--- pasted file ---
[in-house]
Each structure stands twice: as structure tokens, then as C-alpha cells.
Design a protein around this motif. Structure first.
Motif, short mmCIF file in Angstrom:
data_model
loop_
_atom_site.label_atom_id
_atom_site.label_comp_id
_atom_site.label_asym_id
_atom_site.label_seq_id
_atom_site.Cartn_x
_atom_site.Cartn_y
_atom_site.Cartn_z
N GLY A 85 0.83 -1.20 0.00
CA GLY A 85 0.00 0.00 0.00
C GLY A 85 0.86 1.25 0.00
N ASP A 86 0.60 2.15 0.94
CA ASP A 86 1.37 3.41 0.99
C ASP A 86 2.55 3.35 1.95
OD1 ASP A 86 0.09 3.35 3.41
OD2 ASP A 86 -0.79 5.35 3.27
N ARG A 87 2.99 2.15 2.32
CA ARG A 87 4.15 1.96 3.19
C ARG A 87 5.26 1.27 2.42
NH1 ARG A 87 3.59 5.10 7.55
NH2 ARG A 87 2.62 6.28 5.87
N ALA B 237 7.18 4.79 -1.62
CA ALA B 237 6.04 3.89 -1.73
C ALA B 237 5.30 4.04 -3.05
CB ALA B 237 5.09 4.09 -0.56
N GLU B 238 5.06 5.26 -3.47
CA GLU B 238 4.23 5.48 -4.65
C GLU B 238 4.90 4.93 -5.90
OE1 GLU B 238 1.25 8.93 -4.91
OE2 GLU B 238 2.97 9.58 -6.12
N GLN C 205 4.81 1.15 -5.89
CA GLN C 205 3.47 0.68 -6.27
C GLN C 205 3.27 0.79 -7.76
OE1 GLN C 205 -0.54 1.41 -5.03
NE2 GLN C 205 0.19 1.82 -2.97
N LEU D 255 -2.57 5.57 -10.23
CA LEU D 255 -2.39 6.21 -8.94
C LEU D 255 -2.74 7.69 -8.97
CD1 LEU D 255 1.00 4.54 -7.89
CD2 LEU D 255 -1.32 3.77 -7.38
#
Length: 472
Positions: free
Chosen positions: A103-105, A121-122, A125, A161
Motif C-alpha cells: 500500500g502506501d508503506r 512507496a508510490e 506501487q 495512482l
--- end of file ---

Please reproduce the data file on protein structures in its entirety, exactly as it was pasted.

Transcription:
[in-house]
Each structure stands twice: as structure tokens, then as C-alpha cells.
Design a protein around this motif. Structure first.
Motif, short mmCIF file in Angstrom:
data_model
loop_
_atom_site.label_atom_id
_atom_site.label_comp_id
_atom_site.label_asym_id
_atom_site.label_seq_id
_atom_site.Cartn_x
_atom_site.Cartn_y
_atom_site.Cartn_z
N GLY A 85 0.83 -1.20 0.00
CA GLY A 85 0.00 0.00 0.00
C GLY A 85 0.86 1.25 0.00
N ASP A 86 0.60 2.15 0.94
CA ASP A 86 1.37 3.41 0.99
C ASP A 86 2.55 3.35 1.95
OD1 ASP A 86 0.09 3.35 3.41
OD2 ASP A 86 -0.79 5.35 3.27
N ARG A 87 2.99 2.15 2.32
CA ARG A 87 4.15 1.96 3.19
C ARG A 87 5.26 1.27 2.42
NH1 ARG A 87 3.59 5.10 7.55
NH2 ARG A 87 2.62 6.28 5.87
N ALA B 237 7.18 4.79 -1.62
CA ALA B 237 6.04 3.89 -1.73
C ALA B 237 5.30 4.04 -3.05
CB ALA B 237 5.09 4.09 -0.56
N GLU B 238 5.06 5.26 -3.47
CA GLU B 238 4.23 5.48 -4.65
C GLU B 238 4.90 4.93 -5.90
OE1 GLU B 238 1.25 8.93 -4.91
OE2 GLU B 238 2.97 9.58 -6.12
N GLN C 205 4.81 1.15 -5.89
CA GLN C 205 3.47 0.68 -6.27
C GLN C 205 3.27 0.79 -7.76
OE1 GLN C 205 -0.54 1.41 -5.03
NE2 GLN C 205 0.19 1.82 -2.97
N LEU D 255 -2.57 5.57 -10.23
CA LEU D 255 -2.39 6.21 -8.94
C LEU D 255 -2.74 7.69 -8.97
CD1 LEU D 255 1.00 4.54 -7.89
CD2 LEU D 255 -1.32 3.77 -7.38
#
Length: 472
Positions: free
Chosen positions: A103-105, A121-122, A125, A161
Motif C-alpha cells: 500500500g502506501d508503506r 512507496a508510490e 506501487q 495512482l